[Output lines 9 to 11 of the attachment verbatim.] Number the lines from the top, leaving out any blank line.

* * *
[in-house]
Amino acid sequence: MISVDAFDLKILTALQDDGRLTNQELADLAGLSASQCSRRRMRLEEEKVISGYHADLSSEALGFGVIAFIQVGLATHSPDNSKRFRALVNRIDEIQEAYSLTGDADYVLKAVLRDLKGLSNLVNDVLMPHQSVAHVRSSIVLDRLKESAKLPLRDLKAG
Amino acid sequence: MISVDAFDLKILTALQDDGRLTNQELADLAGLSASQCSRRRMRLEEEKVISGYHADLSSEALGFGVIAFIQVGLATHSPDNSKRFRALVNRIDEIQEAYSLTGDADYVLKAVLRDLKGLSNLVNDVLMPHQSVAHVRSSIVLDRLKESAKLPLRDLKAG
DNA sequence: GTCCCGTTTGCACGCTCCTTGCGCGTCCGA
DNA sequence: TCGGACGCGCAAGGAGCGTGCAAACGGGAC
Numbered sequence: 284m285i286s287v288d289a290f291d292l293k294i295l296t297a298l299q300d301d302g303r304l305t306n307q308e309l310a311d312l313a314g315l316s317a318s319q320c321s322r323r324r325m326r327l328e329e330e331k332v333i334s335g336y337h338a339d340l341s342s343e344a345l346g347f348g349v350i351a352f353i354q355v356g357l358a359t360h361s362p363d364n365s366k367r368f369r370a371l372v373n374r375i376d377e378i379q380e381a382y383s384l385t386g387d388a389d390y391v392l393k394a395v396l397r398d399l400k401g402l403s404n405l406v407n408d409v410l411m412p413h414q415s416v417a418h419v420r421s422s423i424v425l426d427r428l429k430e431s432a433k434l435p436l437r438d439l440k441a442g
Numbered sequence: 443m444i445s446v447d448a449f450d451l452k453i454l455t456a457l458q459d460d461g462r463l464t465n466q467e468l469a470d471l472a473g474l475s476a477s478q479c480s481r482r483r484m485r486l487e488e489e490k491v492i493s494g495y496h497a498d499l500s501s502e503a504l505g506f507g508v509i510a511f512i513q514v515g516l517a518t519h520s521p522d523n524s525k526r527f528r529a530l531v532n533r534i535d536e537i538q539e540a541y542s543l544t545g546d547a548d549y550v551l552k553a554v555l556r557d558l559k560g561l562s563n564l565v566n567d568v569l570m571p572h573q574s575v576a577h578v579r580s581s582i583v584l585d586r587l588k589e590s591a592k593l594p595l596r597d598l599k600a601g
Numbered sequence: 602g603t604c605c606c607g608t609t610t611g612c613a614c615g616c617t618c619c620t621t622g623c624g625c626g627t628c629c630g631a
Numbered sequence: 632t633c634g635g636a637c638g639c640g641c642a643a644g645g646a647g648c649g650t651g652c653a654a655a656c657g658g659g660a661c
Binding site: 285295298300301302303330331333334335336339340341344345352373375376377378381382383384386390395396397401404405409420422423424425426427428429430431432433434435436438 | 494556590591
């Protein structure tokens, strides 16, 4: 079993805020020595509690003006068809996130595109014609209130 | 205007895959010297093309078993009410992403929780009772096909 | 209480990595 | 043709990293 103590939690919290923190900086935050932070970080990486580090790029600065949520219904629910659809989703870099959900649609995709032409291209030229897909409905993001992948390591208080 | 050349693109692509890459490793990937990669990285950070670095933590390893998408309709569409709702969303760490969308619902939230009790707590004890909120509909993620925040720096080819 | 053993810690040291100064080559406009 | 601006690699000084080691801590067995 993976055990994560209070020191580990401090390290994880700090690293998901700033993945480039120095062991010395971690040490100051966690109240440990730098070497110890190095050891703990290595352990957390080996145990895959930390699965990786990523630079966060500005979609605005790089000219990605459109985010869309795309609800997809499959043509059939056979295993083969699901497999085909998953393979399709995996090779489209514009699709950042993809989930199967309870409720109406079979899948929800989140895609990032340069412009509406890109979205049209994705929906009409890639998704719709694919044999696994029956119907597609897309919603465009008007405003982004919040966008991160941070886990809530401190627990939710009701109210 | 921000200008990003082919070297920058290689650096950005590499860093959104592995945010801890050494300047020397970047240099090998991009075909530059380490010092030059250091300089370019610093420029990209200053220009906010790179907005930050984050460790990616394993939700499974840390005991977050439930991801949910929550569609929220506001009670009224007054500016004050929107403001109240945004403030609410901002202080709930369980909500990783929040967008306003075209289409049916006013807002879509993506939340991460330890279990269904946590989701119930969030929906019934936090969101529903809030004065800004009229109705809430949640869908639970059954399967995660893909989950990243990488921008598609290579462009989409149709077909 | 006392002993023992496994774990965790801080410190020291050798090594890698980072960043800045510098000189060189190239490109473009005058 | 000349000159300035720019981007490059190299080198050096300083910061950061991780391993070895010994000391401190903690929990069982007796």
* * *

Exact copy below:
Numbered sequence: 632t633c634g635g636a637c638g639c640g641c642a643a644g645g646a647g648c649g650t651g652c653a654a655a656c657g658g659g660a661c
Binding site: 285295298300301302303330331333334335336339340341344345352373375376377378381382383384386390395396397401404405409420422423424425426427428429430431432433434435436438 | 494556590591
């Protein structure tokens, strides 16, 4: 079993805020020595509690003006068809996130595109014609209130 | 205007895959010297093309078993009410992403929780009772096909 | 209480990595 | 043709990293 103590939690919290923190900086935050932070970080990486580090790029600065949520219904629910659809989703870099959900649609995709032409291209030229897909409905993001992948390591208080 | 050349693109692509890459490793990937990669990285950070670095933590390893998408309709569409709702969303760490969308619902939230009790707590004890909120509909993620925040720096080819 | 053993810690040291100064080559406009 | 601006690699000084080691801590067995 993976055990994560209070020191580990401090390290994880700090690293998901700033993945480039120095062991010395971690040490100051966690109240440990730098070497110890190095050891703990290595352990957390080996145990895959930390699965990786990523630079966060500005979609605005790089000219990605459109985010869309795309609800997809499959043509059939056979295993083969699901497999085909998953393979399709995996090779489209514009699709950042993809989930199967309870409720109406079979899948929800989140895609990032340069412009509406890109979205049209994705929906009409890639998704719709694919044999696994029956119907597609897309919603465009008007405003982004919040966008991160941070886990809530401190627990939710009701109210 | 921000200008990003082919070297920058290689650096950005590499860093959104592995945010801890050494300047020397970047240099090998991009075909530059380490010092030059250091300089370019610093420029990209200053220009906010790179907005930050984050460790990616394993939700499974840390005991977050439930991801949910929550569609929220506001009670009224007054500016004050929107403001109240945004403030609410901002202080709930369980909500990783929040967008306003075209289409049916006013807002879509993506939340991460330890279990269904946590989701119930969030929906019934936090969101529903809030004065800004009229109705809430949640869908639970059954399967995660893909989950990243990488921008598609290579462009989409149709077909 | 006392002993023992496994774990965790801080410190020291050798090594890698980072960043800045510098000189060189190239490109473009005058 | 000349000159300035720019981007490059190299080198050096300083910061950061991780391993070895010994000391401190903690929990069982007796």